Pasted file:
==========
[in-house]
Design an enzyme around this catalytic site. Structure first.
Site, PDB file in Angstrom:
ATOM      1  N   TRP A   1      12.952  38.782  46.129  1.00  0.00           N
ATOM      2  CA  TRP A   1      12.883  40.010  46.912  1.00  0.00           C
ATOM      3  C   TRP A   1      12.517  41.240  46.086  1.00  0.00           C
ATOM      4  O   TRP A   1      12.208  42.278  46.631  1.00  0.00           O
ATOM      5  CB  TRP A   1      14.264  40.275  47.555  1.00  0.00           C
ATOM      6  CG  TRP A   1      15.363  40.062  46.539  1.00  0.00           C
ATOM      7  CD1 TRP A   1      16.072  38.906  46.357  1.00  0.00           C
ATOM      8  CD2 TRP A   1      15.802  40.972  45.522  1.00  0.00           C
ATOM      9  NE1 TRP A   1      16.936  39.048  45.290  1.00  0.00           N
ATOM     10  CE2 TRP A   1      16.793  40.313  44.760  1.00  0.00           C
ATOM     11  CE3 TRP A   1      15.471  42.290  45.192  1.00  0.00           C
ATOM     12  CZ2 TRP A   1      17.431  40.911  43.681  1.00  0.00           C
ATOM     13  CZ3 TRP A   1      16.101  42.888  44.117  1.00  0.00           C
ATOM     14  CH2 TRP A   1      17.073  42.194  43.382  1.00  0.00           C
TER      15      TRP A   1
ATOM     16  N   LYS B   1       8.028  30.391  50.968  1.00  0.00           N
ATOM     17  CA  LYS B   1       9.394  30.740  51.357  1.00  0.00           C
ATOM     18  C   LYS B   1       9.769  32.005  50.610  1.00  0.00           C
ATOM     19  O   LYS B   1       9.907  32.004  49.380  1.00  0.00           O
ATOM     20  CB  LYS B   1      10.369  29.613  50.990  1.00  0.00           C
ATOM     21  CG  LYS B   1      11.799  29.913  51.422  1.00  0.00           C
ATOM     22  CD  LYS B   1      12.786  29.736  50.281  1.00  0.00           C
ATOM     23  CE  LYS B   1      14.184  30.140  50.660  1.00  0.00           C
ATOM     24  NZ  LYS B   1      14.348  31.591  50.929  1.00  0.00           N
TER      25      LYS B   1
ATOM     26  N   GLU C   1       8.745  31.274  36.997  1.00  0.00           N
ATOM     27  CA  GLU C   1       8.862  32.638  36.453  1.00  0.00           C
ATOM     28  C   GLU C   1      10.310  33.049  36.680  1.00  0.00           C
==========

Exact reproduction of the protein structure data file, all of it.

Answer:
[in-house]
Design an enzyme around this catalytic site. Structure first.
Site, PDB file in Angstrom:
ATOM      1  N   TRP A   1      12.952  38.782  46.129  1.00  0.00           N
ATOM      2  CA  TRP A   1      12.883  40.010  46.912  1.00  0.00           C
ATOM      3  C   TRP A   1      12.517  41.240  46.086  1.00  0.00           C
ATOM      4  O   TRP A   1      12.208  42.278  46.631  1.00  0.00           O
ATOM      5  CB  TRP A   1      14.264  40.275  47.555  1.00  0.00           C
ATOM      6  CG  TRP A   1      15.363  40.062  46.539  1.00  0.00           C
ATOM      7  CD1 TRP A   1      16.072  38.906  46.357  1.00  0.00           C
ATOM      8  CD2 TRP A   1      15.802  40.972  45.522  1.00  0.00           C
ATOM      9  NE1 TRP A   1      16.936  39.048  45.290  1.00  0.00           N
ATOM     10  CE2 TRP A   1      16.793  40.313  44.760  1.00  0.00           C
ATOM     11  CE3 TRP A   1      15.471  42.290  45.192  1.00  0.00           C
ATOM     12  CZ2 TRP A   1      17.431  40.911  43.681  1.00  0.00           C
ATOM     13  CZ3 TRP A   1      16.101  42.888  44.117  1.00  0.00           C
ATOM     14  CH2 TRP A   1      17.073  42.194  43.382  1.00  0.00           C
TER      15      TRP A   1
ATOM     16  N   LYS B   1       8.028  30.391  50.968  1.00  0.00           N
ATOM     17  CA  LYS B   1       9.394  30.740  51.357  1.00  0.00           C
ATOM     18  C   LYS B   1       9.769  32.005  50.610  1.00  0.00           C
ATOM     19  O   LYS B   1       9.907  32.004  49.380  1.00  0.00           O
ATOM     20  CB  LYS B   1      10.369  29.613  50.990  1.00  0.00           C
ATOM     21  CG  LYS B   1      11.799  29.913  51.422  1.00  0.00           C
ATOM     22  CD  LYS B   1      12.786  29.736  50.281  1.00  0.00           C
ATOM     23  CE  LYS B   1      14.184  30.140  50.660  1.00  0.00           C
ATOM     24  NZ  LYS B   1      14.348  31.591  50.929  1.00  0.00           N
TER      25      LYS B   1
ATOM     26  N   GLU C   1       8.745  31.274  36.997  1.00  0.00           N
ATOM     27  CA  GLU C   1       8.862  32.638  36.453  1.00  0.00           C
ATOM     28  C   GLU C   1      10.310  33.049  36.680  1.00  0.00           C